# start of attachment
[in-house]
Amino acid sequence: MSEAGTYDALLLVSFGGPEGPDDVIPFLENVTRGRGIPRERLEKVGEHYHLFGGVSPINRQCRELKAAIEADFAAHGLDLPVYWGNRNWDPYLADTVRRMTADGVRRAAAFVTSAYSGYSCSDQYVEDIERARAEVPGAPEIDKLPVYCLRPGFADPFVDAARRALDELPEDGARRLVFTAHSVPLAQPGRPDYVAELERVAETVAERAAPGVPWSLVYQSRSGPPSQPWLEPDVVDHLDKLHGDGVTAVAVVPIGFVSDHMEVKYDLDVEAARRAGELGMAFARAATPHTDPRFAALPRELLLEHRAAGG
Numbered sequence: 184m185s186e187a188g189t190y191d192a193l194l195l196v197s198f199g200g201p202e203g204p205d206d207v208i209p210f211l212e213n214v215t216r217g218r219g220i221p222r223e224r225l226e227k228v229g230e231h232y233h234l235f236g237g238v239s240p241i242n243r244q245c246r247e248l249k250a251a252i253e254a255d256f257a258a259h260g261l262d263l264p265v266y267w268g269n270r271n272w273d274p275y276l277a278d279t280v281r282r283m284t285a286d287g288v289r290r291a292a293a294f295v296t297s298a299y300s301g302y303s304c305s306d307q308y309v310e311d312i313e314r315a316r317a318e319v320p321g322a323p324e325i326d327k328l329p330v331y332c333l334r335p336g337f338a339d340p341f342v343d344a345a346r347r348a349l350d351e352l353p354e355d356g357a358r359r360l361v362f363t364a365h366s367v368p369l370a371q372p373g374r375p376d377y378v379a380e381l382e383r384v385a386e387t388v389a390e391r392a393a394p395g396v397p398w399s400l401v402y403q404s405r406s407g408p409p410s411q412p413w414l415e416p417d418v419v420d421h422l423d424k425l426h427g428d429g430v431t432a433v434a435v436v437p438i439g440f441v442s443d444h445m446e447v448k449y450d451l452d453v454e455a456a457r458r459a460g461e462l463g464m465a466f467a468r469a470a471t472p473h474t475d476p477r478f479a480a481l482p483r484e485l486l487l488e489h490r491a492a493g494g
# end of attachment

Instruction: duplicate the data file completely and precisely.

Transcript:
[in-house]
Amino acid sequence: MSEAGTYDALLLVSFGGPEGPDDVIPFLENVTRGRGIPRERLEKVGEHYHLFGGVSPINRQCRELKAAIEADFAAHGLDLPVYWGNRNWDPYLADTVRRMTADGVRRAAAFVTSAYSGYSCSDQYVEDIERARAEVPGAPEIDKLPVYCLRPGFADPFVDAARRALDELPEDGARRLVFTAHSVPLAQPGRPDYVAELERVAETVAERAAPGVPWSLVYQSRSGPPSQPWLEPDVVDHLDKLHGDGVTAVAVVPIGFVSDHMEVKYDLDVEAARRAGELGMAFARAATPHTDPRFAALPRELLLEHRAAGG
Numbered sequence: 184m185s186e187a188g189t190y191d192a193l194l195l196v197s198f199g200g201p202e203g204p205d206d207v208i209p210f211l212e213n214v215t216r217g218r219g220i221p222r223e224r225l226e227k228v229g230e231h232y233h234l235f236g237g238v239s240p241i242n243r244q245c246r247e248l249k250a251a252i253e254a255d256f257a258a259h260g261l262d263l264p265v266y267w268g269n270r271n272w273d274p275y276l277a278d279t280v281r282r283m284t285a286d287g288v289r290r291a292a293a294f295v296t297s298a299y300s301g302y303s304c305s306d307q308y309v310e311d312i313e314r315a316r317a318e319v320p321g322a323p324e325i326d327k328l329p330v331y332c333l334r335p336g337f338a339d340p341f342v343d344a345a346r347r348a349l350d351e352l353p354e355d356g357a358r359r360l361v362f363t364a365h366s367v368p369l370a371q372p373g374r375p376d377y378v379a380e381l382e383r384v385a386e387t388v389a390e391r392a393a394p395g396v397p398w399s400l401v402y403q404s405r406s407g408p409p410s411q412p413w414l415e416p417d418v419v420d421h422l423d424k425l426h427g428d429g430v431t432a433v434a435v436v437p438i439g440f441v442s443d444h445m446e447v448k449y450d451l452d453v454e455a456a457r458r459a460g461e462l463g464m465a466f467a468r469a470a471t472p473h474t475d476p477r478f479a480a481l482p483r484e485l486l487l488e489h490r491a492a493g494g